The defendants in an ongoing federal lawsuit out of Kentucky got mixed results from recent motions to dismiss the case against them. Only part of the complaint is moving forward, but the court ruled against them—in no uncertain terms—for the strip search of six children who were each under age seven.
U.S. District Judge Justin R. Walker, a soon-to-be appellate court judge and known admirer of Supreme Court Justice Brett Kavanaugh, offered a clear opinion in a document dated last Wednesday, Aug. 18.:
Act One: An “attentive and loving” mother gets muffins for her children. Act Two: There’s a knock on her door and a threat by the government to take away her children. Act Three: Her children are strip searched without cause.
America’s founding generation may never have imagined a Cabinet for Health and Family Services. But they knew their fair share of unwelcome constables. And they added a Fourth Amendment to our Constitution to protect against this three-act tragedy.
This stems from a lawsuit filed in 2017 by parents Holly and Josiah Curry. In the story, the mother was driving her six children to karate class when she stopped for some coffee and muffins. (As mentioned in the opinion, the facts were presented in these plaintiffs’ favor under case law since they were the non-moving party in these motions for summary judgment.) She left the kids in the vehicle while the temperature outside was in the low-to-mid 60s, the court wrote. Someone called the police because she left the kids in the car. Holly Curry returned up to 10 minutes later. From the account [citations removed]:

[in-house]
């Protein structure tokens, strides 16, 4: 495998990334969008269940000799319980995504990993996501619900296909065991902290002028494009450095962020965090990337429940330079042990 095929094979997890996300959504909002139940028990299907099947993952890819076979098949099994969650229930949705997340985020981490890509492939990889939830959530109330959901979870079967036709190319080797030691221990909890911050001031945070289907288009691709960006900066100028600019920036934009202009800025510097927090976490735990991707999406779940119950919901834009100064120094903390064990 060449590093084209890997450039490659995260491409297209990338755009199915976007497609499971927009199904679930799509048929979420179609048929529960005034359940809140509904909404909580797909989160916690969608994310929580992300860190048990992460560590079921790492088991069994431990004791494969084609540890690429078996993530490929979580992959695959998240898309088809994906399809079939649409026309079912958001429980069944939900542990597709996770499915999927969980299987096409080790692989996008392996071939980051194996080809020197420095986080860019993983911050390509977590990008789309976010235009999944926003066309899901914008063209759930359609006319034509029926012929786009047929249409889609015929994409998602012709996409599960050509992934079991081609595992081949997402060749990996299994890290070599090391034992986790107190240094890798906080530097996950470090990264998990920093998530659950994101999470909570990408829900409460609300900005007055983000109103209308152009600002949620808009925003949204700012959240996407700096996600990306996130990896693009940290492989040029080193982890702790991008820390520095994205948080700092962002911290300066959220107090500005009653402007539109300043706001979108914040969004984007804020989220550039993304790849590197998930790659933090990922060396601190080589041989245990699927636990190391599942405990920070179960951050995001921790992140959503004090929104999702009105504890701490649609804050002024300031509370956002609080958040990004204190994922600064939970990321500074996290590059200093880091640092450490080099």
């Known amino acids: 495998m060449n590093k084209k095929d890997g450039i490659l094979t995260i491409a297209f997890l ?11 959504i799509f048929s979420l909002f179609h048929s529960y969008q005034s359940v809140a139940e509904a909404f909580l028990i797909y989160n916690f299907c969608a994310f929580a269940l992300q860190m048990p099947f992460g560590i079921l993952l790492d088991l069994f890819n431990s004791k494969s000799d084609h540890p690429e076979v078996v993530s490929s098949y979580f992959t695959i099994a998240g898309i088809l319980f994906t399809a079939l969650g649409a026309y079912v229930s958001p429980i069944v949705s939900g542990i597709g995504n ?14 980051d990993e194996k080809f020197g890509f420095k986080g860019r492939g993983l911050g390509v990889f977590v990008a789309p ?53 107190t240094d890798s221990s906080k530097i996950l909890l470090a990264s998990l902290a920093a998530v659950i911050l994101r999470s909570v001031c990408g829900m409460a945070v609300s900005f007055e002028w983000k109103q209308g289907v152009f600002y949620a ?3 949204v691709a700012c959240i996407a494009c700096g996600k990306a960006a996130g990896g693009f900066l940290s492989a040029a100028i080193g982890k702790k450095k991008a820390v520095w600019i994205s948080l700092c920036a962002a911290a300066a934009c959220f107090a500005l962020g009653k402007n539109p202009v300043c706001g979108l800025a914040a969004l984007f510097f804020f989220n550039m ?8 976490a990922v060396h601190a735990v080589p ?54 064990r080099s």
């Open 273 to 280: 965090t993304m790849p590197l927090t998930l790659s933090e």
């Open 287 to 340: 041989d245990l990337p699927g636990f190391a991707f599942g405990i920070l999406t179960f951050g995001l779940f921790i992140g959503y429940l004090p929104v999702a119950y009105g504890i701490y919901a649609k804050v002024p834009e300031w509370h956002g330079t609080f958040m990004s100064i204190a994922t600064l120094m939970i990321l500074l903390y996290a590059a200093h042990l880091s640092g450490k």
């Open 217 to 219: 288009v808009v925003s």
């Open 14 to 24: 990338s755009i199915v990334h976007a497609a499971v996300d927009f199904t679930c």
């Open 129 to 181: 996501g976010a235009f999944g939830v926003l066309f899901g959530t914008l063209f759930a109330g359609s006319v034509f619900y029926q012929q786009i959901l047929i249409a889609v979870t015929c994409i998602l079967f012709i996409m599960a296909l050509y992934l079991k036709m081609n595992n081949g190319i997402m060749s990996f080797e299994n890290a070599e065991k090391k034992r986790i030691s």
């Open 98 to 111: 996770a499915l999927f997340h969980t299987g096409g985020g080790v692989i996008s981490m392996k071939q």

Holly told the officer that she believed her kids were safe because the van’s fan was on high, its key was out of the ignition, and its safety features would shut down the car if anyone tampered with the transmission. He told Holly that the kids should never be left unattended, and she told him she understood. He also told her that he had to file a report with the Kentucky Cabinet for Health and Family Services and that a social worker would be sent to the Currys’ home to investigate the report. The officer allowed Holly to leave with her children and didn’t bring any criminal charges against her.
The children sustained no harm.
According to the opinion, social worker Jeanetta Childress went to the Currys’ home, but Holly told her she couldn’t come in without a warrant. Curry told her to get the cops. She brought over co-defendant Hardin County Deputy Michael Furnish, the opinion said. As described, the pair allegedly bullied their way into the home:
Childress started yelling at Holly. Holly asked if they could reschedule the visit for when her husband was home. She also offered to bring the children to the door so Childress could see them. But Furnish and Childress would not agree to that. Instead, they both told her that if she didn’t let them in, they would get an emergency custody order.28 When Holly asked what this meant, Furnish told her, “We’ll come back and take all of your children.” Childress and Furnish both started yelling, “What’s it gonna be?” Holly started crying. She said, “Fine, we can do this.”